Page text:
Keith Hernandez Exclusive Interview: Idolizing Mickey Mantle, ’86 Mets, SNY, etc.

Rob Lep

Keith Hernandez is a five-time National League All-Star, the 1979 NL Most Valuable Player and a two-time World Series Champion with the New York Mets and St. Louis Cardinals.

Hernandez spent 17 seasons in Flushing after being traded to the Mets on June 15, 1983, for pitchers Neil Allen and Rick Ownbey.

Hernandez spoke to Sports illustrated exclusively while promoting the newly released paperback edition of his new book “I’m Keith Hernandez” earlier this year at Book Culture, a book store located in Long Island City, NY.

The name, of course, comes from his two-episode cameo appearance on the popular sitcom Seinfeld back in 1992, where he made this line famous.

He currently serves as a baseball analyst for the New York Mets television broadcasts on SportsNet New York (SNY) alongside his former teammate Ron Darling and play-by-play broadcaster Gary Cohen.

Growing up, Hernandez idolized New York Yankees legend Mickey Mantle. They had the same birthday, October 20th.

“I was always a Mickey Mantle fan,” Hernandez explained. “I was born on his birthday so when I was six or seven and got his first baseball card and looked on the back, I was sold on Mickey Mantle.”

Mantle’s stats are ridiculous. A 20-time All-Star, 7x World Series champion, and 3x AL MVP. Mantle is regarded as one of the greatest switch hitters of all time. He was inducted into the Baseball Hall of Fame in 1974.

Hernandez’s book really focuses on his journey to becoming the Keith Hernandez we all know today. The star athlete, his outgoing personality and sense of humor and extremely successful broadcaster that fans love in his post-baseball career.

“It wasn’t just a yellow brick road. It was a lot of adversity I had to fight through.”

He was drafted by the Cardinals in 1971 and spent time in the minors including with the Triple-A Tulsa Oilers in 1973 before making his MLB debut on August 30, 1974.

In 1975, they sent him back down to Triple-A Tulsa.

The book ends right after his MVP season in 1979. He hit 11 home runs, had 105 runs batted in and finished with a .344 batting average.

“To be lucky enough to fulfill a childhood dream to be a major league player, how good is that? I feel very fortunate," Hernandez said.

He was born in San Francisco and grew up in Pacifica and Millbrae, California. Hernandez lived with a father who was a former ballplayer himself.

His dad John suffered a career-ending injury after he was hit by a wild pitch, thus ending his baseball dream.

Hernandez’s father took that passion for baseball and frustration from the ending of his own playing career and put that into Keith and his brother Gary. Living “vicariously” through them. He started teaching them the fundamentals of the game when they were six years old and was very hard on him.

As he describes in the book, after his MVP season in 1979, Hernandez came home to see his family. Hernandez was greeted to quite a surprise. His dad set up the projector in the living room.

“This was when I knew you had something special,” Hernandez recalls his father saying. “I was 11 years old in a little league uniform…. 11 really? Ok (laughing). I was stunned.”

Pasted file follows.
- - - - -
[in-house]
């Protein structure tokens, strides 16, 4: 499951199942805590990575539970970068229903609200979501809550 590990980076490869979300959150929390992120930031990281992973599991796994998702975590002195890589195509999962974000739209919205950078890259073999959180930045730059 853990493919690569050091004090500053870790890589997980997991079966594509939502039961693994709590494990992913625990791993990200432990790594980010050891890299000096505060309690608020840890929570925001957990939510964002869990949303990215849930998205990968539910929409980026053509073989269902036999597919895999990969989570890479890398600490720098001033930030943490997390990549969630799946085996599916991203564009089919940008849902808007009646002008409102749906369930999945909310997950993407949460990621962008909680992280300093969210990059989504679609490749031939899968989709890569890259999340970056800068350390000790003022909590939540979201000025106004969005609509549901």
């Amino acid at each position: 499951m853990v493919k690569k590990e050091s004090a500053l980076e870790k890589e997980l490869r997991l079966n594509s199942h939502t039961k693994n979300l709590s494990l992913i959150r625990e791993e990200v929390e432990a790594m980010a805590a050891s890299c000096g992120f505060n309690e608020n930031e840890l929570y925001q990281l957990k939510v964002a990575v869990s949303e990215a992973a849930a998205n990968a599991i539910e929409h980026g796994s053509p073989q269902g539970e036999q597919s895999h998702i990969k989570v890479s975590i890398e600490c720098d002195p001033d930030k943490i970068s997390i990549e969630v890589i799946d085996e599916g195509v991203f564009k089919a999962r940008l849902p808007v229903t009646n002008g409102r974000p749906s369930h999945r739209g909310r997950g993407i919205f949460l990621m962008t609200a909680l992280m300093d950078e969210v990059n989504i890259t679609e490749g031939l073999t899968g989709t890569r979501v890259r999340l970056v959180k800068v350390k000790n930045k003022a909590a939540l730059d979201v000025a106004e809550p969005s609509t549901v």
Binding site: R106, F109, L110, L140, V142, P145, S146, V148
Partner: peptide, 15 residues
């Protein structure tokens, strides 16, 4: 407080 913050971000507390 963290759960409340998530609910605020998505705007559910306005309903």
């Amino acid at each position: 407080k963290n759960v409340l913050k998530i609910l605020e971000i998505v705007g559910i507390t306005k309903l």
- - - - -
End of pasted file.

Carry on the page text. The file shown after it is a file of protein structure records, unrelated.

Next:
You can’t talk to Keith or any other member of the old school Mets without bringing up their iconic championship back in 1986, the last title won by the team.

They went 108-54, clinching the NL East division crown. After knocking out the Houston Astros in six games in the NLCS, the Mets sealed their second title in franchise history, coming back from down 3-2 to the Boston Red Sox and clinching the championship in front of their home fans.

“We fulfilled our dream … it takes 25 to win. Five coaches, one manager, GM and front office. Seven months counting spring training. Every team comes in with one goal. To be a world champion. Only one comes out to be that. I was very fortunate. A very, very gratifying team feeling.”

Hernandez has served as a baseball analyst at SNY since its launch in 2006.

The Emmy-Award winning Mets broadcast booth is known for having one of the top broadcast booths in all of baseball.

Hernandez in particular, has won three Emmy Awards for best "Sports Analyst" for his work on SNY in 2009, 2012, and 2015.

The popular sports media website Awful Announcing has ranked SNY’s broadcast team in their top four baseball broadcast booths the last five years in their annual rankings.

Hernandez has high praise for his colleague and broadcast partner, Cohen. Hernandez was inducted into the NYS Baseball Hall of Fame last year alongside Cohen at the induction ceremony in upstate New York last year.

“We have the best play-by-play guy in Gary Cohen. The play-by-play guy is the maestro, the orchestra leader," Hernandez said. Ronnie [Darling] and I are a member of the band. It’s up to Gary to bring us both in. We all get along. There’s no egos in the booth. Ronnie has the pitching angle and I have the hitting angle. Fans get a full measure of what’s happening in the game. I’m always flattered when people say they love our broadcasts.”

Comments (1)
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mickeykramer
mickeykramer

I'm sure it's just a typo of sorts, but Keith did not spend "17 seasons in Flushing after being traded... June 15, 1983" Hernandez spent 17 seasons in Flushing after being traded to the Mets on June 15, 1983, for pitchers Neil Allen and Rick Ownbey.


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